Tuesday, January 22, 2013

Accidentally Even

For the record:

Sunday night, when I was knitting, the time came for a BUTTONBAND.

Now, oddly enough, I enjoy picking up stitches. Especially when the designer says something like, "Pick up three stitches every four rows" instead of "Pick up 72 stitches." I like the ratio thing, because I can lengthen the body of my sweater as much as I need to (i.e. Quite a lot) and it has no effect on the pattern instructions.

Ratios, however, mean that you get told to "Make X buttonholes, evenly spaced."

And that, ladies and gentlemen, is Math.

I really hate evenly spacing buttonholes. Or decreases. But mostly I hate evenly spacing buttonholes. I try to math it every time, but it never seems to work for me. Maybe it's figuring out how many stitches to leave at the top and bottom of the button band before adding buttonholes. Maybe it's remembering not to count the buttonhole stitches while I divide my stitches equally. Maybe it's just my usual lack of mathematical acumen. Whatever it is, I have to frog buttonbands a LOT. Way more than I'd consider to be normal or healthy...Some of you may even remember this meltdown resulting from my buttonhole-spacing-related psychological problem.

Photo and sweater by MissMessie
It would be nice if I could manage acceptable buttonholes with some level of consistency, but I can't. Other knitters seem to manage just fine. But not me.

If you don't knit or haven't been initiated into sweater-knitting yet, here is a miserable summary of the thinking process for buttonhole placement, using my newly-completed sweater as an example (even though it is a bad example, because something happened with this sweater that has never happened for me before in my knitting-life. I evenly spaced these buttonholes correctly on the FIRST TRY.):

I just finished knitting the adorable sweater Antler, designed by Tin Can Knits. Here is the Ravelry link.

First, you have to decide how many stitches your buttonholes are going to take. So for this buttonhole, I used three stitches for each buttonhole. And I made five buttonholes. So 15 stitches were buttonhole stitches.

Then you have to subtract your buttonhole stitches from your button band stitches, and then you know how many stitches are left over, non-buttonhole stitches. I started with 61 stitches, took away 15, and ended up with 46.

Those 46 stitches have to be divided up between buttonholes. And while it would be easy to just say, "TIME FOR DIVISION NOW," you can't just do that. Because if you just divide them, you end up with some uneven-ness. See, you need a certain smallish number of stitches at the top and bottom of your button band so the collar and bottom of your sweater doesn't look stupid as heck.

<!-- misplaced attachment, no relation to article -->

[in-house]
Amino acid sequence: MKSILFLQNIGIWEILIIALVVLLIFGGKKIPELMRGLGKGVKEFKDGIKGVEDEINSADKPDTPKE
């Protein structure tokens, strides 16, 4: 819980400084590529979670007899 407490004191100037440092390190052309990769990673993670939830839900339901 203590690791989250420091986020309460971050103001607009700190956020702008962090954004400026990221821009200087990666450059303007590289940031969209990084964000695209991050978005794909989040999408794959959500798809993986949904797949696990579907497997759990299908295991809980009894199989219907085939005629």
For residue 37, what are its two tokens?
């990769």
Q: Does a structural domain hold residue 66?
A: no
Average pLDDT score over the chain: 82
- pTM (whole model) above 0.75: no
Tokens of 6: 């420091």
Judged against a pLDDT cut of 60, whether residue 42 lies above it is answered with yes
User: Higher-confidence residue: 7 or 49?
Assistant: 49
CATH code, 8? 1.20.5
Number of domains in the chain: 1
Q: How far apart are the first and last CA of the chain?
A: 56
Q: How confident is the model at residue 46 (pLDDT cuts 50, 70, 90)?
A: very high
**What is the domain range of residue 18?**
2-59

So I left three stitches at the top and three at the bottom, because two would have been too few stitches and would have pulled and four would have made the top of the buttonband droopy. This is not an exact science. At least, if it is, I don't know any exact way to think about it. I just stare at my sweater and guess where the top and bottom buttons should go.

If you know a better way to go about placing buttonholes, I'd like to know.

So that accounted for another six stitches, which was something. that left me with 40.

And this was where the magic happened...

Five buttons.

Four spaces between buttons.

40 stitches.

(And then the math just happened in my brain the way my elementary school teachers always hoped it would.)

There would be ten stitches between buttonholes.

It was like magic. I don't know how it happened. Usually I have to rip and re-knit the buttonhole row six or seven times! Sometimes I end up leaving the sweater in a project bag for months while I ignore the problem! But this time, no!

This time my sweater was MAGIC and the buttonholes actually evenly spaced THEMSELVES.

Either that, or my subconscious is better at math and placing buttonholes evenly than I am.

Do any of you have an equation for buttonhole placement that works? Button-related advice in general? Clearly, I could use all the help I can get.

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